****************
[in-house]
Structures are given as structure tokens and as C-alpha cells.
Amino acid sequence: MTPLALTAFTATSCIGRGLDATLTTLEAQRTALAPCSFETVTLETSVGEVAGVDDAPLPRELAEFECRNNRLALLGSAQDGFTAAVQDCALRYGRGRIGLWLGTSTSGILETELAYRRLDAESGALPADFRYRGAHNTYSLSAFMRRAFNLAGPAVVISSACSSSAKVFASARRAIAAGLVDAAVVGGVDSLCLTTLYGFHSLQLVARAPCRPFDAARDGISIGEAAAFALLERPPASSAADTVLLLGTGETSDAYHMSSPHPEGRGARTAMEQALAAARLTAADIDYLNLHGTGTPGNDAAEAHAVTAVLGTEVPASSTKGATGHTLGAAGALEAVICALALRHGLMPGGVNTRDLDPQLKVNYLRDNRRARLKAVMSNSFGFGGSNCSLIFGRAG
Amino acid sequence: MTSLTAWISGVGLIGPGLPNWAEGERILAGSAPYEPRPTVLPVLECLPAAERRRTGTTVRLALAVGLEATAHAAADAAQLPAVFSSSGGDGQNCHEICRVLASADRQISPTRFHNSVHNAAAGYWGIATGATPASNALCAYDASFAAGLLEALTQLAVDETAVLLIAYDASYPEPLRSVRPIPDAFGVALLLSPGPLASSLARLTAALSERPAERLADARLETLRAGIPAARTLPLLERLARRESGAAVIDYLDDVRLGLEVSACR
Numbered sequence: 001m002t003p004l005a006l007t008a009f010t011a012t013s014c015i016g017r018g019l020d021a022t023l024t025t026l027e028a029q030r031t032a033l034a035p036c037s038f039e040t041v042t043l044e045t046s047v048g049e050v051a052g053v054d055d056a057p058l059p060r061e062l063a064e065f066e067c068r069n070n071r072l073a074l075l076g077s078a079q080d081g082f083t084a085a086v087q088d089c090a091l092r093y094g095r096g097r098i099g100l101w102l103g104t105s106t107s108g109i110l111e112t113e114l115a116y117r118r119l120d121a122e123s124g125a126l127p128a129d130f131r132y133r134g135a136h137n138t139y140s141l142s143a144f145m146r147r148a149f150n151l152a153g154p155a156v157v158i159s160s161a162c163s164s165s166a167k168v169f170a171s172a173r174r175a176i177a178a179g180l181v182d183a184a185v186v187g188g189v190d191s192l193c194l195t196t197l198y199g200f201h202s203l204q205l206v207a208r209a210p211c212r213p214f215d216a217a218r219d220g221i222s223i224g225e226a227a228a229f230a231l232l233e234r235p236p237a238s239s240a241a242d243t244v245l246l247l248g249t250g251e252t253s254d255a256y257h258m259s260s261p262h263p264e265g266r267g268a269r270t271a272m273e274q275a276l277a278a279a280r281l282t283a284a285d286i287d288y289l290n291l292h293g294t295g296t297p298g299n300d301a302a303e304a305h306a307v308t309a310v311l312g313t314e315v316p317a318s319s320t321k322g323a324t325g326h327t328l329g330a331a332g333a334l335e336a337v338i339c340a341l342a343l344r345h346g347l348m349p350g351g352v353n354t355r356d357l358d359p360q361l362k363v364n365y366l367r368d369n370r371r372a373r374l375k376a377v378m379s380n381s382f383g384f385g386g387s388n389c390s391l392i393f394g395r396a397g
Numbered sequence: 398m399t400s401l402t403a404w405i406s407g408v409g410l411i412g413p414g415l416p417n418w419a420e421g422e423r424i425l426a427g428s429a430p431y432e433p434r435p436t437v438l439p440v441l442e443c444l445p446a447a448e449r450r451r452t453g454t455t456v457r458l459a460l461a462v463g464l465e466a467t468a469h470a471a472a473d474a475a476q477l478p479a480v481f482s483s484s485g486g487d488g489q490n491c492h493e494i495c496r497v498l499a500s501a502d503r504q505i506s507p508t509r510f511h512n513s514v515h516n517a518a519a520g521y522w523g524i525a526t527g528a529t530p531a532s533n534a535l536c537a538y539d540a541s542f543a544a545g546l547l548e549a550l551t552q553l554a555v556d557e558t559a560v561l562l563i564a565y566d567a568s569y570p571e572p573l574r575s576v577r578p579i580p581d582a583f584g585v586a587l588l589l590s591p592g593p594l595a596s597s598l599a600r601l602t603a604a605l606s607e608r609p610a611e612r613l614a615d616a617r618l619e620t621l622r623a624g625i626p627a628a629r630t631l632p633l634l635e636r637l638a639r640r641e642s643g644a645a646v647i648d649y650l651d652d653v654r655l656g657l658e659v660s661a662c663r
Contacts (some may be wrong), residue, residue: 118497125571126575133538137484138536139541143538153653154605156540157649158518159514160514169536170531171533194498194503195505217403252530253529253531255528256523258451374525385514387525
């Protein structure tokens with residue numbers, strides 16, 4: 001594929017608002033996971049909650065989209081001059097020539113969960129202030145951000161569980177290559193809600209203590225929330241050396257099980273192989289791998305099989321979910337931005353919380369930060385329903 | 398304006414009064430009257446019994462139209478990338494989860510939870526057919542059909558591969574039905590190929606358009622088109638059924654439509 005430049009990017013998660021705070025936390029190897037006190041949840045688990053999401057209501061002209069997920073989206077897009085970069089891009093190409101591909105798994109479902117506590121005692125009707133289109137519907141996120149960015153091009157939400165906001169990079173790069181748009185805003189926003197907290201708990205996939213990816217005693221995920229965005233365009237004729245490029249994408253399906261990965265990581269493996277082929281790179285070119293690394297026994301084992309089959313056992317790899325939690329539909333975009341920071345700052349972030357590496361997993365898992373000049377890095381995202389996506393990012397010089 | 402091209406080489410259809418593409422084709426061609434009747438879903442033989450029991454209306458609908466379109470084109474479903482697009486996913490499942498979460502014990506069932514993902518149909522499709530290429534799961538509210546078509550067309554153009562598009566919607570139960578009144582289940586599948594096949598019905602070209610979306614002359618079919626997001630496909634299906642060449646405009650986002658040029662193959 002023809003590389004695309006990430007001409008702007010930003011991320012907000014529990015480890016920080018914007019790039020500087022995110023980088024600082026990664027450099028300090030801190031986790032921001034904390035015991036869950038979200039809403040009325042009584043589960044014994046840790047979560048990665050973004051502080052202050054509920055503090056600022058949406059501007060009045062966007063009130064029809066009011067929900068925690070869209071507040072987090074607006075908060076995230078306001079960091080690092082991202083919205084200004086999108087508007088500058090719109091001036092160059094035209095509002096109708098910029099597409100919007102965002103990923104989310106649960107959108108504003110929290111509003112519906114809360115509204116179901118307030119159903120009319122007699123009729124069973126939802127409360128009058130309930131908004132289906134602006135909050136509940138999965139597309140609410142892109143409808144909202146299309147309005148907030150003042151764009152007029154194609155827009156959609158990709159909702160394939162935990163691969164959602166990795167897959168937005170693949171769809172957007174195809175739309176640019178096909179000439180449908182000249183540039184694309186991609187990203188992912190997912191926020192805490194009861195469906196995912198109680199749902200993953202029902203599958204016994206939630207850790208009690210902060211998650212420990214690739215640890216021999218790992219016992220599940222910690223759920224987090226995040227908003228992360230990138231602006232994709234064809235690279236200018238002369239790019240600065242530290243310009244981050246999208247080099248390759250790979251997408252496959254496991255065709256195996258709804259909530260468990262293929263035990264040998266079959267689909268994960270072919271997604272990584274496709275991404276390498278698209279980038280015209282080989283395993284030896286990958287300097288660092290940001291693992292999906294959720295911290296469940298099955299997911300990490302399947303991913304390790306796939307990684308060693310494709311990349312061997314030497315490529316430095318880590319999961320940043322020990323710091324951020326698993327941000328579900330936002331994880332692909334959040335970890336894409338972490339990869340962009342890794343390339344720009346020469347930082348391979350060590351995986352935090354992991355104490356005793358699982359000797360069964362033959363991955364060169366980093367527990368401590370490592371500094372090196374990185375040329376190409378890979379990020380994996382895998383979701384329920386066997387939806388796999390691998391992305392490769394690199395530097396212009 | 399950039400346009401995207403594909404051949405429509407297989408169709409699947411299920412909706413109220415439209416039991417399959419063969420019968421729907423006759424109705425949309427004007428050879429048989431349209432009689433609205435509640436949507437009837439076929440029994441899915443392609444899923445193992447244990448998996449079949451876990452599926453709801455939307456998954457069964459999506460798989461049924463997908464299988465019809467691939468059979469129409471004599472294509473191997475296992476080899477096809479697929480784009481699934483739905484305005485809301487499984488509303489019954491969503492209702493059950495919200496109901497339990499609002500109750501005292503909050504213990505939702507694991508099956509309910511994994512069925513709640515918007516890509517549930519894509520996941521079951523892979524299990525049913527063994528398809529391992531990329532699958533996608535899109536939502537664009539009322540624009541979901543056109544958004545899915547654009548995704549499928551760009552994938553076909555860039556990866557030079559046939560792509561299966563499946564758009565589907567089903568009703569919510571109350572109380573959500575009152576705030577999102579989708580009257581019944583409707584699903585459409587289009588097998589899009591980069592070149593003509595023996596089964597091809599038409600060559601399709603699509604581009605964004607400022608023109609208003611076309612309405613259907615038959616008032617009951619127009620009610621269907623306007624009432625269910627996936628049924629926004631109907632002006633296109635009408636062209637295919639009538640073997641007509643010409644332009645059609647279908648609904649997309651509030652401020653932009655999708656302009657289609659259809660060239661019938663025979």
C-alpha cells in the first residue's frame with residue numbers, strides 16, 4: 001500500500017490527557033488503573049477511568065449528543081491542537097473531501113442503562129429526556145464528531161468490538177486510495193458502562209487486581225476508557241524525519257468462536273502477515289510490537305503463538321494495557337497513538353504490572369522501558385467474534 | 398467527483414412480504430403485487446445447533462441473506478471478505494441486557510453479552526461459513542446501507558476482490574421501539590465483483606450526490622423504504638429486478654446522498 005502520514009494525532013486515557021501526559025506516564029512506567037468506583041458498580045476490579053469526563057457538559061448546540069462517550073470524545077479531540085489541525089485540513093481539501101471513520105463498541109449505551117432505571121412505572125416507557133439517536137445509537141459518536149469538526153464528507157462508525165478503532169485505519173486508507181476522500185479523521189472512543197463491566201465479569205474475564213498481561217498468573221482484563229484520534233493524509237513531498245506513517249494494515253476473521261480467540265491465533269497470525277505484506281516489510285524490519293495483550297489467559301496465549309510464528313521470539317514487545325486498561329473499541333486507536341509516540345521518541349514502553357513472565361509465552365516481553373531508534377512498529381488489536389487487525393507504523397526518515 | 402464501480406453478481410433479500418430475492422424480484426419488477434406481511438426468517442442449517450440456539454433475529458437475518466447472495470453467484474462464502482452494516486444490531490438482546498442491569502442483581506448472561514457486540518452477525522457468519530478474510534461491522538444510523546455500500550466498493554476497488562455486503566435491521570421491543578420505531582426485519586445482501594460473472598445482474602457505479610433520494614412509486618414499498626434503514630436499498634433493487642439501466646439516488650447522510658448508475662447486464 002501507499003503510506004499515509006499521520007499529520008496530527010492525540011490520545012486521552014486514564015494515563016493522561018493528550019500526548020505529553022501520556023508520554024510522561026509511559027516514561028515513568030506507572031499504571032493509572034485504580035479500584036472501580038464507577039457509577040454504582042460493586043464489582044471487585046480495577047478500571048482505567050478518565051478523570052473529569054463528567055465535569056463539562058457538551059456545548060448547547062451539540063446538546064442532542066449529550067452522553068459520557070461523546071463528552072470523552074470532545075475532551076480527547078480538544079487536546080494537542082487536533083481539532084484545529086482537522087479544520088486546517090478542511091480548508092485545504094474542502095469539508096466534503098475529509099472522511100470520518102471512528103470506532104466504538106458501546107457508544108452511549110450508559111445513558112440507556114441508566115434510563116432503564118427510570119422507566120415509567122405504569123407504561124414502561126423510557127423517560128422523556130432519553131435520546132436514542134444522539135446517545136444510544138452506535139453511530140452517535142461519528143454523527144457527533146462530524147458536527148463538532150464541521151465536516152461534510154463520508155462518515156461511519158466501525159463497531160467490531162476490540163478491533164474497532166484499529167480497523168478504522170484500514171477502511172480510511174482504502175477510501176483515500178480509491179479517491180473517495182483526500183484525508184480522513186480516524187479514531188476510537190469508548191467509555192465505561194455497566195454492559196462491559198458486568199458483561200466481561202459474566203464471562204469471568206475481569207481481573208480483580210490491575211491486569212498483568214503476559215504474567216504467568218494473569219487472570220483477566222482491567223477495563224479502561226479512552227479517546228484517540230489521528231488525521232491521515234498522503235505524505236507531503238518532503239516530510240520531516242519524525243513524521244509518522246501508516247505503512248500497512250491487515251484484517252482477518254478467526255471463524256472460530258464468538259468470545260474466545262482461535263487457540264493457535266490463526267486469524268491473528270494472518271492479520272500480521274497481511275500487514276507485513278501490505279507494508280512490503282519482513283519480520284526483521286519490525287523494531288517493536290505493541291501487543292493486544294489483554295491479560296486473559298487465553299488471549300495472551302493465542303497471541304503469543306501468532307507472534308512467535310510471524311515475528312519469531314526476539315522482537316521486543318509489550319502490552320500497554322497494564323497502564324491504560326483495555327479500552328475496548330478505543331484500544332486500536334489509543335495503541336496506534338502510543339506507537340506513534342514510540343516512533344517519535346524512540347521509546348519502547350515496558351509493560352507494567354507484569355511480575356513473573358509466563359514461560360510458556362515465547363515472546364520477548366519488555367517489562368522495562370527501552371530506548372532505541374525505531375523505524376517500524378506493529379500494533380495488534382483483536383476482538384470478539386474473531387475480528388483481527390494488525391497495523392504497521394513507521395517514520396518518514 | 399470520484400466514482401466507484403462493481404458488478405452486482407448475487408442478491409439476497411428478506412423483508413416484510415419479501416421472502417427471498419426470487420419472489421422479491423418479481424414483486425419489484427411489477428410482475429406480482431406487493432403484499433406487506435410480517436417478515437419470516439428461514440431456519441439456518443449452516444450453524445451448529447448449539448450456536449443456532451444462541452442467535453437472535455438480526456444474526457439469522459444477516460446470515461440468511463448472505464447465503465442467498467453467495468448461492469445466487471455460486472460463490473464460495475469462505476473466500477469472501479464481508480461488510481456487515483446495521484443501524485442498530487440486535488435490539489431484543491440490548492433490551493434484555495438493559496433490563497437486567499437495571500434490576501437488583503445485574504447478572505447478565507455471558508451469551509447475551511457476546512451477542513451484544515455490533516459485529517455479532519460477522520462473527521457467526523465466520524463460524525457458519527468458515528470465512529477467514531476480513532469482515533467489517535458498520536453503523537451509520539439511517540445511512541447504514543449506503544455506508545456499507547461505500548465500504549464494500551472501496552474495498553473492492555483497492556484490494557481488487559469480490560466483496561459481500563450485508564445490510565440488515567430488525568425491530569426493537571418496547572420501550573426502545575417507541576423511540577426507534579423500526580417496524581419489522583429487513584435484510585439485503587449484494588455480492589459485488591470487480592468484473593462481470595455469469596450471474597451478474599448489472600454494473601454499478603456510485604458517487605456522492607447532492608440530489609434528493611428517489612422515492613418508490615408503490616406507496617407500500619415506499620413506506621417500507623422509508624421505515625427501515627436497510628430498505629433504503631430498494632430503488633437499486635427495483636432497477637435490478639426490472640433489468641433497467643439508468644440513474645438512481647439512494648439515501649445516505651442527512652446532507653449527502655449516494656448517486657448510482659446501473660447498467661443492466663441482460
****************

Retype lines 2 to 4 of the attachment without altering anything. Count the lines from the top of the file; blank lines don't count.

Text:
Structures are given as structure tokens and as C-alpha cells.
Amino acid sequence: MTPLALTAFTATSCIGRGLDATLTTLEAQRTALAPCSFETVTLETSVGEVAGVDDAPLPRELAEFECRNNRLALLGSAQDGFTAAVQDCALRYGRGRIGLWLGTSTSGILETELAYRRLDAESGALPADFRYRGAHNTYSLSAFMRRAFNLAGPAVVISSACSSSAKVFASARRAIAAGLVDAAVVGGVDSLCLTTLYGFHSLQLVARAPCRPFDAARDGISIGEAAAFALLERPPASSAADTVLLLGTGETSDAYHMSSPHPEGRGARTAMEQALAAARLTAADIDYLNLHGTGTPGNDAAEAHAVTAVLGTEVPASSTKGATGHTLGAAGALEAVICALALRHGLMPGGVNTRDLDPQLKVNYLRDNRRARLKAVMSNSFGFGGSNCSLIFGRAG
Amino acid sequence: MTSLTAWISGVGLIGPGLPNWAEGERILAGSAPYEPRPTVLPVLECLPAAERRRTGTTVRLALAVGLEATAHAAADAAQLPAVFSSSGGDGQNCHEICRVLASADRQISPTRFHNSVHNAAAGYWGIATGATPASNALCAYDASFAAGLLEALTQLAVDETAVLLIAYDASYPEPLRSVRPIPDAFGVALLLSPGPLASSLARLTAALSERPAERLADARLETLRAGIPAARTLPLLERLARRESGAAVIDYLDDVRLGLEVSACR